Alongside these new measures, the Chancellor announced a further package of support for businesses facing the prospect of having to reduce staff numbers.
Coronavirus job retention scheme
- Grants of up to £2,500 per employee where those employees are unable to work (are ‘furloughed’) because of coronavirus, covering 80% of salary costs.
- Intended to run for three months in the first instance with the first payments expected in early April and the scheme fully up and running by the end of that month.
- The grants will be paid via HMRC.
- All UK employers will be eligible.
- There is as yet no official definition of ‘furloughed’, though it is generally understood to mean ‘stood down but still employed’.
- Employers must set out which of their employees are furlough workers and inform particular employees.
- What next? At present, little information has been provided on how to claim reimbursement of salary costs but we are told HMRC will set up a new online portal that employers will use.
Extension of the coronavirus business interruption loan scheme (CBIL)
- Maximum turnover for eligible businesses was previously set at £41 million per year; it has now been increased to £45m.
- The interest-free period has been increased from six months to twelve.
- The scheme is being managed by the British Business Bank but businesses will access them via one of 40 accredited lending providers, including most major banks.
- The maximum value of a facility provided under the scheme will be £5 million – higher than the £1.2m announced initially.
- What next? Discuss business plans with existing lending providers. Loans will be available from Monday 23 March 2020.
Deferral of tax and VAT payments currently due
- VAT payments from UK-based VAT registered businesses due between 20 March and 30 June 2020 won’t need to be paid to the usual deadlines, with payment deferred until the end of the tax year.
- Self-assessment income tax payments for the self-employed which were due on 31 July 2020 can now be deferred until 31 January 2021.
- What next? Both deferral schemes apply automatically with no application required.
Access to welfare for the self-employed
- The minimum income floor for access to universal credit has been suspended for self-employed people affected by the economic impact of coronavirus.
Measures announced on 17th March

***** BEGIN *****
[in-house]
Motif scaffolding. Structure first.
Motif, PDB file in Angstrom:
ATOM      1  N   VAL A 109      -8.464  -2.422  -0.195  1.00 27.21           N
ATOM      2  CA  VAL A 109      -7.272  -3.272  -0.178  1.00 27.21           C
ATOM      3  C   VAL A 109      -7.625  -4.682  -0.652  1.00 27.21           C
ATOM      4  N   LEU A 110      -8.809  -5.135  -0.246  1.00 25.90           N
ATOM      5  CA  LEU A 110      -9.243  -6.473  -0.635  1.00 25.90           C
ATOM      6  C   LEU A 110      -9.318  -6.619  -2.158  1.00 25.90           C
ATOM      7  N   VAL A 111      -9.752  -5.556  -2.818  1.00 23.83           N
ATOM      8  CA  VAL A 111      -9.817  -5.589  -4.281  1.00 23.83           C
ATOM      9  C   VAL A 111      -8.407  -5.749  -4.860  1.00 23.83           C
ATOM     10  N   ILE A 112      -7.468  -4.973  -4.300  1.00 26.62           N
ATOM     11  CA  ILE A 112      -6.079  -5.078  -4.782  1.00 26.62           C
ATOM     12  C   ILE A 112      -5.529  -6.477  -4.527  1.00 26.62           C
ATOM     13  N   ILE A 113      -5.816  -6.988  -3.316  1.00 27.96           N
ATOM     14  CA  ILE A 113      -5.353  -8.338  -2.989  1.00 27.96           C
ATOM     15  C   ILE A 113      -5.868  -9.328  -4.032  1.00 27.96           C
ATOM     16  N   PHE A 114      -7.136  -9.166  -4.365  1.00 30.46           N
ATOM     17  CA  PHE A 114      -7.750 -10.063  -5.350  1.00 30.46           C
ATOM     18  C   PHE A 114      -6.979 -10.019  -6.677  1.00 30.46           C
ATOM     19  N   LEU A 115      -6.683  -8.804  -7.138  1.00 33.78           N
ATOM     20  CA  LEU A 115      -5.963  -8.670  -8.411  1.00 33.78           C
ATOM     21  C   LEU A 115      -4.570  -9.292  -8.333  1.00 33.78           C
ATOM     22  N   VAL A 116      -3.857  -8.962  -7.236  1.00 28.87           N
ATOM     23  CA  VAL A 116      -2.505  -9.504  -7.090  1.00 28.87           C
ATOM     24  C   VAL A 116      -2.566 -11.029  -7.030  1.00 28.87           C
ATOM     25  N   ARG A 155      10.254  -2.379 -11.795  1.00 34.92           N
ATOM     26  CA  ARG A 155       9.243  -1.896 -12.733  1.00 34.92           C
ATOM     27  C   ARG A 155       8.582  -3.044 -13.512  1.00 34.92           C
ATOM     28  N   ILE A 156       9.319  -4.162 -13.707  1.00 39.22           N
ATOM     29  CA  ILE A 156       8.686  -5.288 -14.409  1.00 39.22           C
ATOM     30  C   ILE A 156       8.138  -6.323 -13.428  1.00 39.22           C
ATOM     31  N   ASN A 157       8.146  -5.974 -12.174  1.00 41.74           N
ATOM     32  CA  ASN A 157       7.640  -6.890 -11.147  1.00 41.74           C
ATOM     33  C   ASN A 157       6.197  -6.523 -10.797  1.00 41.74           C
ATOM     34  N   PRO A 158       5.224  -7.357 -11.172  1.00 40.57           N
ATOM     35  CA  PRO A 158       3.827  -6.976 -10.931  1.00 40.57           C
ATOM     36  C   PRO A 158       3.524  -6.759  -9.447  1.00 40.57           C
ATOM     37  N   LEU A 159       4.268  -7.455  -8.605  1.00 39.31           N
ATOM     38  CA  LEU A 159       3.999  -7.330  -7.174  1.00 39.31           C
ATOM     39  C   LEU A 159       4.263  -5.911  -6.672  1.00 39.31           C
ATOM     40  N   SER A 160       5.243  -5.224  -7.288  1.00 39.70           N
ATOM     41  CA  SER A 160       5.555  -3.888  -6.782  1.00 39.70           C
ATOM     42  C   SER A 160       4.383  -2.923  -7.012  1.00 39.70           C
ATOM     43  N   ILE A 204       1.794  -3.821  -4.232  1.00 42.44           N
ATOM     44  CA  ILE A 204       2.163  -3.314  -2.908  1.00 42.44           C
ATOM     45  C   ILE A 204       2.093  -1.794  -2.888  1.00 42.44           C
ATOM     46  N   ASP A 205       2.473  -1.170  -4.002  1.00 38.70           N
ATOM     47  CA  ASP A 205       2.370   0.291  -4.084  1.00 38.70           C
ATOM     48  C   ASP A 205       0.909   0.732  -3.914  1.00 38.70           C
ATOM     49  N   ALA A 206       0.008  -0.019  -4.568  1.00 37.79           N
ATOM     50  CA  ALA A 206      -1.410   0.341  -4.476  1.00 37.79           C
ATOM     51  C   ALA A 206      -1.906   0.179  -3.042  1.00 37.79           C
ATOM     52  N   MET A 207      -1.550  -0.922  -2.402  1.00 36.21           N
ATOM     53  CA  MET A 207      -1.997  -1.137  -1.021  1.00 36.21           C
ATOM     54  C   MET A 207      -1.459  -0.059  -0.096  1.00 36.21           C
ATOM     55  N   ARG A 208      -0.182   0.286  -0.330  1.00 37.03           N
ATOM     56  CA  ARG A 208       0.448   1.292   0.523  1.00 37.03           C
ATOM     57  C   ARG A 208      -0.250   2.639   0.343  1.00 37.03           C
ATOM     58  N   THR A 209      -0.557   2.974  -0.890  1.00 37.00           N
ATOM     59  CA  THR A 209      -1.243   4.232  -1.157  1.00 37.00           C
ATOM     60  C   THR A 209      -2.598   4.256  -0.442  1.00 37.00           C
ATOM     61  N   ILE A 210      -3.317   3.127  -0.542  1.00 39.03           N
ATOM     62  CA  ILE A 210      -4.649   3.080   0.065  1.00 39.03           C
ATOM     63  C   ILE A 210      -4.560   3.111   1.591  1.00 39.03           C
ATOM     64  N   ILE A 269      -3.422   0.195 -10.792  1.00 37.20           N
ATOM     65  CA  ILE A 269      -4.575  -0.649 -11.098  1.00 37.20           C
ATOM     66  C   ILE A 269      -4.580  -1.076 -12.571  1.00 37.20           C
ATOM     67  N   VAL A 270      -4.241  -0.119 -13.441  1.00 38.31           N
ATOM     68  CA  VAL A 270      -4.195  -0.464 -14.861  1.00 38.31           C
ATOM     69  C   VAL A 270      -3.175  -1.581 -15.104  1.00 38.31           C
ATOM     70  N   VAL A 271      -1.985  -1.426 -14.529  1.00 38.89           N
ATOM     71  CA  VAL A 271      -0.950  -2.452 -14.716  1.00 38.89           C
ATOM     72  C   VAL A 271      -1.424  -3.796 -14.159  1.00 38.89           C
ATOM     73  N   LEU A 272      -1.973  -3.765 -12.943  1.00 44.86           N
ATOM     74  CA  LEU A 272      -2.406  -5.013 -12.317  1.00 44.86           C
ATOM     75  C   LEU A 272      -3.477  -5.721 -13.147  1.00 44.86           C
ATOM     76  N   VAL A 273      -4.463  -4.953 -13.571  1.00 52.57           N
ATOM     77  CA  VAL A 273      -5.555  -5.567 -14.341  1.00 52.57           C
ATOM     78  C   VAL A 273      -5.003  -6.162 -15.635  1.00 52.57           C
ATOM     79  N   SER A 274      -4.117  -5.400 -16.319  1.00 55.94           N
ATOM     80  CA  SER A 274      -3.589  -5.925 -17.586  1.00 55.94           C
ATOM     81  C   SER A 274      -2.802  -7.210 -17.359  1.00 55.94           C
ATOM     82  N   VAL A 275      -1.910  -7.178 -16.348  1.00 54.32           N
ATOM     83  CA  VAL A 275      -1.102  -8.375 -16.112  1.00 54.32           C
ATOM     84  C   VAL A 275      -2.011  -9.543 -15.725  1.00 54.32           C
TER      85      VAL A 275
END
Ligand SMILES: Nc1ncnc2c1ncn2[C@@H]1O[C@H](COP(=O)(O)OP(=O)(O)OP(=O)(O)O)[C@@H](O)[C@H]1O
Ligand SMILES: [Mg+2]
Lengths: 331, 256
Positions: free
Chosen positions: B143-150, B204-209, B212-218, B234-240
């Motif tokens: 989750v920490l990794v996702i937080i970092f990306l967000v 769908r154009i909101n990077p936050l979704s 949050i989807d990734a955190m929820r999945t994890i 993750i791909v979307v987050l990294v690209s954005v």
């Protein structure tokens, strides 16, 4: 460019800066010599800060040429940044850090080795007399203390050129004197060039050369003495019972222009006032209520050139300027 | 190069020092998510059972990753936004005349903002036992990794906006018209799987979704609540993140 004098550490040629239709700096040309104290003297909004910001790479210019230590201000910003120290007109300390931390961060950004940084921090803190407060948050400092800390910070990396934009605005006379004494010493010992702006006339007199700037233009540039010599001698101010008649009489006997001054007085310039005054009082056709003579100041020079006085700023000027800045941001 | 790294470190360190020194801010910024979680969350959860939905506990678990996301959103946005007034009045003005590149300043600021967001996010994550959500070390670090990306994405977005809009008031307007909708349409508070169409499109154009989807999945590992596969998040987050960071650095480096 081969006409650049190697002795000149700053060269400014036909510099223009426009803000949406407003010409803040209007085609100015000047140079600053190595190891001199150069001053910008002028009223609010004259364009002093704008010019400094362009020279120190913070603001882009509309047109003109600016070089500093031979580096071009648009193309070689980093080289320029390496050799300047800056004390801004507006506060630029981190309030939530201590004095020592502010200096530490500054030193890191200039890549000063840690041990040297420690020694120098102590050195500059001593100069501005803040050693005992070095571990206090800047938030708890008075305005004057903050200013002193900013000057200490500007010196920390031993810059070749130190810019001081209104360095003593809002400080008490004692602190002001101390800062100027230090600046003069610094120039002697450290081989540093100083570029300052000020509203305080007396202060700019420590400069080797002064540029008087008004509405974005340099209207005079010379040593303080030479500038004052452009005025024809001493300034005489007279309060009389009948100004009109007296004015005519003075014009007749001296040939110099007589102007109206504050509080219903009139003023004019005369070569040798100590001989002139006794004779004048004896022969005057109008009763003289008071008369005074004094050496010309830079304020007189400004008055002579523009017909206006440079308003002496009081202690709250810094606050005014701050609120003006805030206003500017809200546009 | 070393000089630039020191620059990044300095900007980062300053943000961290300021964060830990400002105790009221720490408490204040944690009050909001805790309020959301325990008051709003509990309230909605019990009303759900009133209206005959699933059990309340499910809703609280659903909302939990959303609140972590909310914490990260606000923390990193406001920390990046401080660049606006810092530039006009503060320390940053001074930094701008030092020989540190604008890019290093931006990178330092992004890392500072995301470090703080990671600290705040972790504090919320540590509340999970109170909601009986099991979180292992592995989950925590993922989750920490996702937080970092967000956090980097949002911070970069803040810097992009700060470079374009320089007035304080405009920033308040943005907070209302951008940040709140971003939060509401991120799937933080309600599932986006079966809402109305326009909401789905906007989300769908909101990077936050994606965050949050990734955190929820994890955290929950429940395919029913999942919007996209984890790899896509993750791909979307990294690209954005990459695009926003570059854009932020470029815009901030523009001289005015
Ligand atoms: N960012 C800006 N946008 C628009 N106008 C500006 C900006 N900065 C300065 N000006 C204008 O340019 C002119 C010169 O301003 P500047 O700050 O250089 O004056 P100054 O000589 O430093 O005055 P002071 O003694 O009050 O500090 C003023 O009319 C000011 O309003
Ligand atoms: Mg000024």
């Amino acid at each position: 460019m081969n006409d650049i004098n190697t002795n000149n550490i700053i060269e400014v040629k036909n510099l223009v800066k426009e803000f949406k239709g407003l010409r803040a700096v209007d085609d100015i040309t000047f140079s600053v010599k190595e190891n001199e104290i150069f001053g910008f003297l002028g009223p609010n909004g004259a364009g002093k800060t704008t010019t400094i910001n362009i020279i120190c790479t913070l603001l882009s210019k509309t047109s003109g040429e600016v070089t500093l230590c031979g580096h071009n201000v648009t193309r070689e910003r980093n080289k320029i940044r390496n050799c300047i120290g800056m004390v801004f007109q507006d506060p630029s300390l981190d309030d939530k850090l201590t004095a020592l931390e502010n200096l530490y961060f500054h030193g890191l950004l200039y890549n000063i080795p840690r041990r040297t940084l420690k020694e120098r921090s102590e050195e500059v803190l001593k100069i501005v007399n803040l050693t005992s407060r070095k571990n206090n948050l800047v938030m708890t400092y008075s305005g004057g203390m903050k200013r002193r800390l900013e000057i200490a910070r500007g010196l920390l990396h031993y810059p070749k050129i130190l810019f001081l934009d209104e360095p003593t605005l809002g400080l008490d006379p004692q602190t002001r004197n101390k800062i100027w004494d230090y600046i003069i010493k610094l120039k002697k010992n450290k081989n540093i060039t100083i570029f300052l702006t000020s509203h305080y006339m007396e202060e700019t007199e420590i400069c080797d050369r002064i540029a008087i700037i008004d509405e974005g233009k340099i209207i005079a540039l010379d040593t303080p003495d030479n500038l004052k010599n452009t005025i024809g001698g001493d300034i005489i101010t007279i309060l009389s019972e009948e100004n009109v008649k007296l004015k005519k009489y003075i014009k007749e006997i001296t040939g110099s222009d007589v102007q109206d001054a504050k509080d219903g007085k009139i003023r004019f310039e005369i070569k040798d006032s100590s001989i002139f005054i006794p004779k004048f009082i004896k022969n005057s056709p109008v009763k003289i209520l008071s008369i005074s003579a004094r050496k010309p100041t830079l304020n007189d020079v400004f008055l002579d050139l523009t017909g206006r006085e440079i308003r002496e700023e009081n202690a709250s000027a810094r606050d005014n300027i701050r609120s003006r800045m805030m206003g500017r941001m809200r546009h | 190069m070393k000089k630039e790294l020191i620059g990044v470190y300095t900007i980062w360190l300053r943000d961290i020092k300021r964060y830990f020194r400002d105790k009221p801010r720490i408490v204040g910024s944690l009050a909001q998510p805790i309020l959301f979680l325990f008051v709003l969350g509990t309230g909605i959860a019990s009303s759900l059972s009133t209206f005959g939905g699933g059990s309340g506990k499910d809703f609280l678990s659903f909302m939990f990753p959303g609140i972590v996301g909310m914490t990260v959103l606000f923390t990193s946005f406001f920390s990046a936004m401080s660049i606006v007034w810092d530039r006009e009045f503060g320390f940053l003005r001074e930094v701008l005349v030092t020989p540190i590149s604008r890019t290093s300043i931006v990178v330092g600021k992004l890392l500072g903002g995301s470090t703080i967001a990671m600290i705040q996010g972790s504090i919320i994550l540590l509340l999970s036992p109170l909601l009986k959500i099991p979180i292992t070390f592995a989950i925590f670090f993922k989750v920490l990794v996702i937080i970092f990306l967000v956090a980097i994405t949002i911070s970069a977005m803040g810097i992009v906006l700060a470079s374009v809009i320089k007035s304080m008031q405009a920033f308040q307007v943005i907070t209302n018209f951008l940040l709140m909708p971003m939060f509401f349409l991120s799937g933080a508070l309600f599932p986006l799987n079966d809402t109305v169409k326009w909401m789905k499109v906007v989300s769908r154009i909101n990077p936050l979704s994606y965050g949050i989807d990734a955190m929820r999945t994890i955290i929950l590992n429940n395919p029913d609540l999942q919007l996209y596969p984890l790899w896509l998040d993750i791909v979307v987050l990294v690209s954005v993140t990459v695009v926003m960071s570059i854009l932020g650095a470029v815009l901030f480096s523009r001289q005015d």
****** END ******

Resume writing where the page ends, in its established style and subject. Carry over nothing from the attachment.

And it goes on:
At a press conference on 17 March, the Chancellor announced a package of support worth £350 billion – around 15% of the value of the entire UK economy.
It came upon the heels of a statement from the Prime Minister on 16 March which urged people to stop visiting cafes, pubs and restaurants.
It was intended to send a strong signal to British businesses not to act hastily in downsizing because support would be forthcoming.
Extension of business rate discount
- All hospitality, leisure and retail venues in England, regardless of rateable value, can now claim a 100% discount on business rates for 12 months from 1 April 2020 to 31 March 2021.
- Unoccupied properties that become vacant in the next 12 months will be charged 100% full rates from three months after they become empty.
- What next? The discount will be applied automatically to the next council tax bill, due in April 2020.
Cash grants for very small businesses
- Hospitality, leisure and retail businesses operating from units with rateable values between £15,000 and £51,000 will receive a grant of £25,000.
- Businesses in these sectors with a rateable value of less than £15,000 will receive a grant of £10,000.
- Those with a rateable value of more than £15,000 will receive £25,000.
- Your local authority will contact you if you are eligible for this grant.
- What next? Await notification from local authorities.
Measures announced in Spring Budget 2020
In what the Office for Budget Responsibility called the “largest Budget giveaway since 1992”, Rishi Sunak announced business support measures worth billions. Events have moved quickly, though, and many of the specific measures announced have now been superseded or further extended.
Grants for businesses receiving SBRR or RRR
- Businesses in England eligible for small business rate relief (SBRR) or rural rate relief (RRR) will receive a one-off cash grant of £10,000.
- What next? This will be processed automatically by local authorities.
Statutory sick pay reclaim scheme for SMEs
- Small-and medium-sized businesses and employers will be able to reclaim statutory sick pay (SSP) paid for sickness absence due to COVID-19.
- The refund will cover up to two weeks’ SSP for each member of staff off work because of COVID-19.
- It applies to all UK businesses that employed fewer than 250 employees as of 28 February 2020.
- What next? Legislation needs to pass before details of how to apply can be published.
- On 19 March 2020 the Bank of England cut interest rates to a historic low of 0.1%, having previously reduced them to 0.25% on the day of the Spring Budget.
- COVID-19: support for businesses | HM Government
- Coronavirus Business Interruption Loan Scheme (CBILS) | British Business Bank
- Coronavirus Job Retention Scheme | HM Government